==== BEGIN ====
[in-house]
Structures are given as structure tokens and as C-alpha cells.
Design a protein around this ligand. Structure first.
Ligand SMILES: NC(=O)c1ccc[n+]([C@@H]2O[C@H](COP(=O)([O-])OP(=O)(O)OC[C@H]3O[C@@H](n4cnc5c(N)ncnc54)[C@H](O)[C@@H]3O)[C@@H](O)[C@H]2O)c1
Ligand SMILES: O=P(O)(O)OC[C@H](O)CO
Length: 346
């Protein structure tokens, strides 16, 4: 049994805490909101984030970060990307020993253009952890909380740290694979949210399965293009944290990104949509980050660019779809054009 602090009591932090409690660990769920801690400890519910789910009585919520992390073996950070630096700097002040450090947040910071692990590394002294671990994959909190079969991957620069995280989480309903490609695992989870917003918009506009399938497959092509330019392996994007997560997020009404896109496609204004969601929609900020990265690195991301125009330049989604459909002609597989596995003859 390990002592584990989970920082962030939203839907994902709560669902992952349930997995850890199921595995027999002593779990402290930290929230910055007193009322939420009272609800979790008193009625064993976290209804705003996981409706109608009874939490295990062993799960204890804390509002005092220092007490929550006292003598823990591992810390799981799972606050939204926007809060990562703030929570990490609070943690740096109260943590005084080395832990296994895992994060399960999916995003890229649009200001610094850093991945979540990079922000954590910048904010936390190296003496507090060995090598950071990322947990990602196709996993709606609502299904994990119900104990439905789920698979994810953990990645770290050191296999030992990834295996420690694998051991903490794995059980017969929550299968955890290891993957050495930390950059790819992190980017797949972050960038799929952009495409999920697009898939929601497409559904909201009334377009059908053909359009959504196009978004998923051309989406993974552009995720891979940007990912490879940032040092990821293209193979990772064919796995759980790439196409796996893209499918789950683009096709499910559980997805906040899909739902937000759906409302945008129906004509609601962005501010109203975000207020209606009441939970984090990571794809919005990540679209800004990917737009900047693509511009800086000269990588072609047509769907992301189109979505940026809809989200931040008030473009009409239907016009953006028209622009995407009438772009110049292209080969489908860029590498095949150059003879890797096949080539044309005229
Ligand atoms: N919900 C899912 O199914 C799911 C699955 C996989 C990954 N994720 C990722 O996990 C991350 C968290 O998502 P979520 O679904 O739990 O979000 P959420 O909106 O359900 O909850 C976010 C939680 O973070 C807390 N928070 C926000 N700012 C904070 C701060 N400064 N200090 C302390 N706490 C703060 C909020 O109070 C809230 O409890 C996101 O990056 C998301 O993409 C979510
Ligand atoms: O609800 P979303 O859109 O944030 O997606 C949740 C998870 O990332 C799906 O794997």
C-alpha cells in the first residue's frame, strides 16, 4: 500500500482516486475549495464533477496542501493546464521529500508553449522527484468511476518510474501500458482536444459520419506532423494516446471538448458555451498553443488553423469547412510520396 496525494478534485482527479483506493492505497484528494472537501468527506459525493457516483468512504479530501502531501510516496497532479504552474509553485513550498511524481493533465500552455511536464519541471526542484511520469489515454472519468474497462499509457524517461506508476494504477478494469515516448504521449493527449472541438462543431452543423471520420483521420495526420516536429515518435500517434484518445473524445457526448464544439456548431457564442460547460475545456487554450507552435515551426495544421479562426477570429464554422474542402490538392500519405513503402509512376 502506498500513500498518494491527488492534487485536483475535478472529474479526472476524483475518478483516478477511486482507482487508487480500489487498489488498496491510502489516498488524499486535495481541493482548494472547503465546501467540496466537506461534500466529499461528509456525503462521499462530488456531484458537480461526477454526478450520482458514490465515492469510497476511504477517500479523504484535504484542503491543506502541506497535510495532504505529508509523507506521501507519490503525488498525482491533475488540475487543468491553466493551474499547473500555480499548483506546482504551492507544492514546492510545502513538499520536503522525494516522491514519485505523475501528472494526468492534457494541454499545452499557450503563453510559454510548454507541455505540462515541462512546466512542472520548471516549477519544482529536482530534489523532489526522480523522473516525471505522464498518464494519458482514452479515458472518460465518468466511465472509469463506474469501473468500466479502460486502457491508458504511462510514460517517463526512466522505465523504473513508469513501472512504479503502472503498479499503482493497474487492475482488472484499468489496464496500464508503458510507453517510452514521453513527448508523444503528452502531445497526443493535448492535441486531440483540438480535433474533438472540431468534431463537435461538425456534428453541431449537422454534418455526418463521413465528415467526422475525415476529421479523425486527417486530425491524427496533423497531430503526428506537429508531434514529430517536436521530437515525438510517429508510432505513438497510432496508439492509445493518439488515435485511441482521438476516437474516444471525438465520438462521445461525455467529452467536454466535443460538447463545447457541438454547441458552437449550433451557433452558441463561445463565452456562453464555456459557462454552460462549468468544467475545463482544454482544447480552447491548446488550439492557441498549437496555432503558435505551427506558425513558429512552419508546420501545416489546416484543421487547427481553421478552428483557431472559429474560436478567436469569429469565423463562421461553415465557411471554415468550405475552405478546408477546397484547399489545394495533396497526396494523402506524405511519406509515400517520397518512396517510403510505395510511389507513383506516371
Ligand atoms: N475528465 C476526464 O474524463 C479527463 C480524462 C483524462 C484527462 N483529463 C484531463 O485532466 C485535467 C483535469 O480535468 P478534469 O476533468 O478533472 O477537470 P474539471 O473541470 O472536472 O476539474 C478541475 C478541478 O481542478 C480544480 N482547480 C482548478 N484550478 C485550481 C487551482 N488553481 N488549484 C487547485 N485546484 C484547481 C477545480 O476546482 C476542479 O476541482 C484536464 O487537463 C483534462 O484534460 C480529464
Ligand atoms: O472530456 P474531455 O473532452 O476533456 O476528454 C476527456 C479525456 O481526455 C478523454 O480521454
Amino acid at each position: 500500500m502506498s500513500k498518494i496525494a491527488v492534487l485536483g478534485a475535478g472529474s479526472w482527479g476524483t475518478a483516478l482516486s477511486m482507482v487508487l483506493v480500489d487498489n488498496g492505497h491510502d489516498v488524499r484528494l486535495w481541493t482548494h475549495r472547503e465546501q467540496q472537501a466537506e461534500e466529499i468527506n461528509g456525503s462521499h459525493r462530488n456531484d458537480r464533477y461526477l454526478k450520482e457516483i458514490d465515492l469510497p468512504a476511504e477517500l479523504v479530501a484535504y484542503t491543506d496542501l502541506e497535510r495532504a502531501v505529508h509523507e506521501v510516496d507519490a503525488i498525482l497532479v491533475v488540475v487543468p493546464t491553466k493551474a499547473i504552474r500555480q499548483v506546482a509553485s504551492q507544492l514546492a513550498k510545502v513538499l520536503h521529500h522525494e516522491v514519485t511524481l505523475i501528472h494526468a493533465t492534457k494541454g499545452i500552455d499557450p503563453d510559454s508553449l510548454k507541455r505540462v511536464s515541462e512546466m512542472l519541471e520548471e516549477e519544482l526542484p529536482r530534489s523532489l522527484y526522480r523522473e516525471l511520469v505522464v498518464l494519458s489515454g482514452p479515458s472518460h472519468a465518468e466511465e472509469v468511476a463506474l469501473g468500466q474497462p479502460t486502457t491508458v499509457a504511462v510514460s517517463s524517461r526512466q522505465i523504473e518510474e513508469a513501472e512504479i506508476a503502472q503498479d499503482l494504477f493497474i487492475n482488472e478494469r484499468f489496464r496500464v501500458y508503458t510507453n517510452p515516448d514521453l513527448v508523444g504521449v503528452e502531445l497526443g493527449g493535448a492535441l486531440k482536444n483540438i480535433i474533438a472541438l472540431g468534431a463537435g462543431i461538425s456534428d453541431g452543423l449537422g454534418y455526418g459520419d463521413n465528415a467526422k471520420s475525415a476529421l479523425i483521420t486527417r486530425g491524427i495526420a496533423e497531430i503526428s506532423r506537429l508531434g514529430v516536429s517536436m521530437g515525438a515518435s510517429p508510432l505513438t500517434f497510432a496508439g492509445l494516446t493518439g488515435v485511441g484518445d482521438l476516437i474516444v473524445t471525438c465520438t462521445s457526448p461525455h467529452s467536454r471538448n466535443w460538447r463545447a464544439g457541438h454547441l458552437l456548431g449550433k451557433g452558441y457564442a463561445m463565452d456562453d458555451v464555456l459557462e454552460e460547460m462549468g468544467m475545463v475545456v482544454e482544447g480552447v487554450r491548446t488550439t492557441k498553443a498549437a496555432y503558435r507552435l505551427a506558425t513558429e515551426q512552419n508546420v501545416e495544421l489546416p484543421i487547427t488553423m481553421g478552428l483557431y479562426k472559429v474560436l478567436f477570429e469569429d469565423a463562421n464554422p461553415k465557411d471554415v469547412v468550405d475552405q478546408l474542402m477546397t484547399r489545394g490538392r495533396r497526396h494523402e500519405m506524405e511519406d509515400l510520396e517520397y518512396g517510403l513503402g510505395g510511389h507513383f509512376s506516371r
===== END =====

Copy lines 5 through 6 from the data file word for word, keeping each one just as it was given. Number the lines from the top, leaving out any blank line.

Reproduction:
Ligand SMILES: O=P(O)(O)OC[C@H](O)CO
Length: 346